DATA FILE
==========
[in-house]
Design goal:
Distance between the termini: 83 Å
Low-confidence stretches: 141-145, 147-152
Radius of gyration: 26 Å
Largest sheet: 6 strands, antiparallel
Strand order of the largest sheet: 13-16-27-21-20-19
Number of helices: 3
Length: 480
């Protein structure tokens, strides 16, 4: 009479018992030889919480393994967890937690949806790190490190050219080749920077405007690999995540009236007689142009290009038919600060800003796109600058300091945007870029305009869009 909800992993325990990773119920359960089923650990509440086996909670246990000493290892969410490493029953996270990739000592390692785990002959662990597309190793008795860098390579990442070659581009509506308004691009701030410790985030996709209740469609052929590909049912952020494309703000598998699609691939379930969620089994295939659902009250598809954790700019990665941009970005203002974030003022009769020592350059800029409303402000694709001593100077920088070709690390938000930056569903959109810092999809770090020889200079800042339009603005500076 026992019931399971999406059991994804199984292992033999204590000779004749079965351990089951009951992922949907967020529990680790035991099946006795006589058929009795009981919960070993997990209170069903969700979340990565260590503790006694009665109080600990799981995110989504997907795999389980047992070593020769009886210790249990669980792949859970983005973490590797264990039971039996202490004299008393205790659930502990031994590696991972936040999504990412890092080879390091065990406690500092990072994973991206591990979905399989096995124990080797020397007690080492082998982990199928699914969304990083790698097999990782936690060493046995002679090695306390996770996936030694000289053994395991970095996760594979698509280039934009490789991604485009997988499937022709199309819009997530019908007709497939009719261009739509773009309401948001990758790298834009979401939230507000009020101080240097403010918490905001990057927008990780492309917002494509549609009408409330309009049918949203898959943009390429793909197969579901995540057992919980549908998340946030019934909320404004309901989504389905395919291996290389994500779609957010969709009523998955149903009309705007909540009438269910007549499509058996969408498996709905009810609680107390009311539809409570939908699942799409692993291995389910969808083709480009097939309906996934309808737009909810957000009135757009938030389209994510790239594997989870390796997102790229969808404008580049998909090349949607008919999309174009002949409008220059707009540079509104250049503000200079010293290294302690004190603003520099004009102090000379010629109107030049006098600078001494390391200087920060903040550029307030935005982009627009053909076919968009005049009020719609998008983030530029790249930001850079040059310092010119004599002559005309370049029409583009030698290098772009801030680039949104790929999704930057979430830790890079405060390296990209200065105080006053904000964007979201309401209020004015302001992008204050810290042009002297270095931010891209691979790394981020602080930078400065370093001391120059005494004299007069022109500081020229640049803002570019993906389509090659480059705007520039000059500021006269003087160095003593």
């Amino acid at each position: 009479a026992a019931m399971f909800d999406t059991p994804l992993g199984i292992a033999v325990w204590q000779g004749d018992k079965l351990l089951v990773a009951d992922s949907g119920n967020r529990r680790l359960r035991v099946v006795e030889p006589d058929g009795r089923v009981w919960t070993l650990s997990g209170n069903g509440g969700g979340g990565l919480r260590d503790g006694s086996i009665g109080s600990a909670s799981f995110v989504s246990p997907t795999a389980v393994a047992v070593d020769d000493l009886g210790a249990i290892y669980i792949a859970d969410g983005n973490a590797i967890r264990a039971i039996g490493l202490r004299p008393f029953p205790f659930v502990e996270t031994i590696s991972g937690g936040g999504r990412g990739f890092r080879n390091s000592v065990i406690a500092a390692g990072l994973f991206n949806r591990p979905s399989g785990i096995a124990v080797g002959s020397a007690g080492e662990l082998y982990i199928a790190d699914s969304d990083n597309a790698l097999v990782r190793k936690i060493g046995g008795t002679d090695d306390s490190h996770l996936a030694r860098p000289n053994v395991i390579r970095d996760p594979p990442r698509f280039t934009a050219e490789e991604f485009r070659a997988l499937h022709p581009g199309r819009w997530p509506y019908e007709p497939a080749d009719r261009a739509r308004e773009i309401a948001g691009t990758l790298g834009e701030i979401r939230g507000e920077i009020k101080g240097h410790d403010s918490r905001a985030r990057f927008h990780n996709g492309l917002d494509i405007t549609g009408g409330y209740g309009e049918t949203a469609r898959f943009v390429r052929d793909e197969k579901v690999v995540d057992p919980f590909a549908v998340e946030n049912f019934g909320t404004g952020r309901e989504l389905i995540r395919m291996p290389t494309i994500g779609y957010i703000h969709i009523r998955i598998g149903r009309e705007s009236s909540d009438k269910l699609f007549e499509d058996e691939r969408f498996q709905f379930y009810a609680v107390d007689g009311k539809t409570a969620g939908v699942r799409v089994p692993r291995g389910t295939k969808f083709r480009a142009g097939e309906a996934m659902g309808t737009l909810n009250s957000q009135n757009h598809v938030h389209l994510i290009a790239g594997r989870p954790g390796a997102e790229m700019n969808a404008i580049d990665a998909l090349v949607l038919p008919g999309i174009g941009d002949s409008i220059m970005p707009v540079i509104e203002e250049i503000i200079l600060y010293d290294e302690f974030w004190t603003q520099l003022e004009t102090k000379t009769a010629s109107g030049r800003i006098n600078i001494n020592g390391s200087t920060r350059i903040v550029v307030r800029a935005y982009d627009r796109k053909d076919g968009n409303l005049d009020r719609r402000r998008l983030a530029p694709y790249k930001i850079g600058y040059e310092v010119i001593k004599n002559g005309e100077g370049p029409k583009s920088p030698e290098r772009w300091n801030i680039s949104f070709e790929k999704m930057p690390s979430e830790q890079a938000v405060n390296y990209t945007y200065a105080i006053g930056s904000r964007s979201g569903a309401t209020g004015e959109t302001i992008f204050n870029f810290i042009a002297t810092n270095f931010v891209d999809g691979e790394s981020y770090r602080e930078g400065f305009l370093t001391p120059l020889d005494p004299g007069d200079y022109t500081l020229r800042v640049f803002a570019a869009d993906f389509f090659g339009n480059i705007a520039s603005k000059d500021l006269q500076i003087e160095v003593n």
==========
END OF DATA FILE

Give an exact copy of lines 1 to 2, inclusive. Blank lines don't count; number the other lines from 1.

[in-house]
Design goal: